RogerBW's Blog

Clarkesworld 162, March 2020 25 March 2020

Clarkesworld is a monthly on-line magazine edited by Neil Clarke.

Everything is available in HTML from the magazine's site, and it can be bought in various other formats.

"Time Reveals the Heart" by Derek Künsken: more cultural appropriation by Künsken, this time in China. A pleasing conceit that psychedelic drugs are necessary to get the brain into the right state to allow time travel, but it's just a straightforward story about addiction.

"Coffee Boom: Decoctions, Micronized" by D.A. Xiaolin Spires: someone is trying to brew the perfect cup of coffee. But we never learn anything about her personality apart from "obsessed", and even less about the other people's. The writing's all right on a technical level, but there's nobody in it to give me a reason to care about the story.

"Leave-Taking" by M. L. Clark: sequel of sorts to the rather good "To Catch All Sorts of Flying Things" from last year. Doesn't grab me as much, because the puzzle being solved is all too obviously the protagonist's psyche and everyone except him notices this.

"The Amusement Dark" by Mike Buckley: there's a background of the war with the AIs and the post-war cooperation, but mostly this is about grief for lost family. Sort of works, but doesn't grab me.

"Grayer Than Lead, Heavier Than Snow" by Yukimi Ogawa: in the same setting as the same author's Ripen from last year, but it seems as though there are still too many un-examined ideas. Great atmosphere, but.

"The Whale Fall at the End of the Universe" by Cameron Van Sant: romance among the space dragons, only rather less fun than that makes it sound.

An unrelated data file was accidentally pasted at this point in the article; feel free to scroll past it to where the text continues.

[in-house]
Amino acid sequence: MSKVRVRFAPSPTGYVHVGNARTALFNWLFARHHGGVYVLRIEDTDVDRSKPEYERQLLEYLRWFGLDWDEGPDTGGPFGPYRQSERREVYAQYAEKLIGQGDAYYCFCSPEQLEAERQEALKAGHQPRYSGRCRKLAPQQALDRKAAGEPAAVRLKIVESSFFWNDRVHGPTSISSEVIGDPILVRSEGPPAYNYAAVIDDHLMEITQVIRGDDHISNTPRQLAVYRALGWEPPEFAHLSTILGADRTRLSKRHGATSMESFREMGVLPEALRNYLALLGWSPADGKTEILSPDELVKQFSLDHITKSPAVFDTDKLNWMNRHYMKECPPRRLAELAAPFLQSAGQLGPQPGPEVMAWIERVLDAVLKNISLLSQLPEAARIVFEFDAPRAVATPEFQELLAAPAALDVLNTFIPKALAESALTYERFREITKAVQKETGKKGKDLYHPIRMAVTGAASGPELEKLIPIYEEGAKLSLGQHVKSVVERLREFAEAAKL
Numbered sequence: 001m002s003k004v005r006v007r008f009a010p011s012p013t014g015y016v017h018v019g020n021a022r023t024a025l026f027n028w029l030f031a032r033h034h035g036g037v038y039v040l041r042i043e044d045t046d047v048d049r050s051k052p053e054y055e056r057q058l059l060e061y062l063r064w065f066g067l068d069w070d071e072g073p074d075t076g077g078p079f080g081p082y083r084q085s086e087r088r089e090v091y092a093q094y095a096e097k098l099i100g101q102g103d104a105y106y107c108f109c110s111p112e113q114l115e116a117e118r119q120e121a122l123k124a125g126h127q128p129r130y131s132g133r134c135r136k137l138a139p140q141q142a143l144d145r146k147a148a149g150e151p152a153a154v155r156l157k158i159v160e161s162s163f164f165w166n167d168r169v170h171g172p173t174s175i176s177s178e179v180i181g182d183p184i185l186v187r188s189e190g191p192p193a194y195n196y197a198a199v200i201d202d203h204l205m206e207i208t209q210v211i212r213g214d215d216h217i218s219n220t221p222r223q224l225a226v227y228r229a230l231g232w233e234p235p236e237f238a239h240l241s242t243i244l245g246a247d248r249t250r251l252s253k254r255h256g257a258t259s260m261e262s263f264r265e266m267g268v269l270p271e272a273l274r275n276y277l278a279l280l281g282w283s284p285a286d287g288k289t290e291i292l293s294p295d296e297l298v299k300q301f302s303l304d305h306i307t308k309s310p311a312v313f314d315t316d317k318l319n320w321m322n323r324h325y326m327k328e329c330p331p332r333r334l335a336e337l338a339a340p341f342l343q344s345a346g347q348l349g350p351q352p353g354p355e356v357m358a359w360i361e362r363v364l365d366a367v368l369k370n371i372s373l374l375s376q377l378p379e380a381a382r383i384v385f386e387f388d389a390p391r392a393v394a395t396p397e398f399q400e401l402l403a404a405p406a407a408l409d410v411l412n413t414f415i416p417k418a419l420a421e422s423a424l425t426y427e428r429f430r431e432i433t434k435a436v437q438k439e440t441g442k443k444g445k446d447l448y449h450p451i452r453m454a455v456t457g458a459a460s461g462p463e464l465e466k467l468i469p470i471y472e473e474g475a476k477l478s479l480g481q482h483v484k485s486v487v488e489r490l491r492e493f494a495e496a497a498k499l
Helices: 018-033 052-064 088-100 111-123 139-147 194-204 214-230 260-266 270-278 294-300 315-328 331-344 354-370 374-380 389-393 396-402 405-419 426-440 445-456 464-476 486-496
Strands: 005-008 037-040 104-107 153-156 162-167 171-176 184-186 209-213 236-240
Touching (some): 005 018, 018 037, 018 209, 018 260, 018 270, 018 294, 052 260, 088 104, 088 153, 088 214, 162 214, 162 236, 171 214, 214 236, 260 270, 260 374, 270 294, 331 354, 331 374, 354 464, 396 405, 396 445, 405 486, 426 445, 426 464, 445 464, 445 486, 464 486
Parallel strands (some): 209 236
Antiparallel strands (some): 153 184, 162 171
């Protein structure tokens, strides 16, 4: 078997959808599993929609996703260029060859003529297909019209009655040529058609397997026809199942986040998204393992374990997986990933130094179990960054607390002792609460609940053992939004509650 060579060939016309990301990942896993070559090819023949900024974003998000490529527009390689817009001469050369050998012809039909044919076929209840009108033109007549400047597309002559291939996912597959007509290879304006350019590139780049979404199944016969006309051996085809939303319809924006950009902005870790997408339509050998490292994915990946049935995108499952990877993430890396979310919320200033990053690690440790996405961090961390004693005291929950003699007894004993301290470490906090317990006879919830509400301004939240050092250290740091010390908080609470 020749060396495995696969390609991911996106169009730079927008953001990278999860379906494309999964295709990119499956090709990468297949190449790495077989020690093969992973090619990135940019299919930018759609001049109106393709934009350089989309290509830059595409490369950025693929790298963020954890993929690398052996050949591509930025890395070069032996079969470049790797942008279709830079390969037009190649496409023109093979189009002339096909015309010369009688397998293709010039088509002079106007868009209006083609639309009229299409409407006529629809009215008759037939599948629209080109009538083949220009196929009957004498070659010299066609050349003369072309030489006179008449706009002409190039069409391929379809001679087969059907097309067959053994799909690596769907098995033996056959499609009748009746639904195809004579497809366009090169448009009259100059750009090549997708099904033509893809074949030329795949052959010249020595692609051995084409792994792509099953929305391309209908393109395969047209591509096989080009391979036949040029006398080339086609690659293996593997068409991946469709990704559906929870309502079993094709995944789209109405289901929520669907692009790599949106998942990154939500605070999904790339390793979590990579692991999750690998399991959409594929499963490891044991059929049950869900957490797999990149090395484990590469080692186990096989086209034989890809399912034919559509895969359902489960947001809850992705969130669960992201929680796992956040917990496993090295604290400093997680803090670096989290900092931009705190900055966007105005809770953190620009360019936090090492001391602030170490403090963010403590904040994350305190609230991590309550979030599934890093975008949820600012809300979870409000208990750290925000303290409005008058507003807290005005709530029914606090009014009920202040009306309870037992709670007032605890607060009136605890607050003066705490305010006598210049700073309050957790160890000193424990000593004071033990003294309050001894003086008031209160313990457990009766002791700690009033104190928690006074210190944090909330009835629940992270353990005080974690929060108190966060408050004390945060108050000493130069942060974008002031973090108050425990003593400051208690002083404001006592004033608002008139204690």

"Separated at Birth? Occultism, Science Fiction, and Why People Can't Tell Them Apart" by Mark Cole: apparently this is because unlike us, the proper readers who can draw a bright line between SF, fantasy and horror and keep them all separated the way they should be, nasty mass market readers and filmmakers don't bother to make the necessary distinction. Leaves a very bad taste in the mouth.

"Calibrating the Stakes: A Conversation with Alastair Reynolds" by Arley Sorg: is there any point in promoting volume three of a series? I haven't got on with Reynolds' work since his early books, so I may be biased.

"Imaginary Friends: A Conversation with Kameron Hurley" by Arley Sorg: and since I've read God's War I know that even a really interesting and articulate person may write books that I find entirely terrible.

"Editor's Desk: The Best from 2019" by Neil Clarke: the story that won the readers' poll is one I liked rather a lot. Somewhat to my surprise, all three of the story winners were more along the lines of old-fashioned stories with actual plot and characters than much of what goes into Clarkesworld; I'd assumed that Clarke was publishing what the readers wanted.

Nothing I especially liked this time.

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Previous in series: Clarkesworld 161, February 2020 | Series: Clarkesworld

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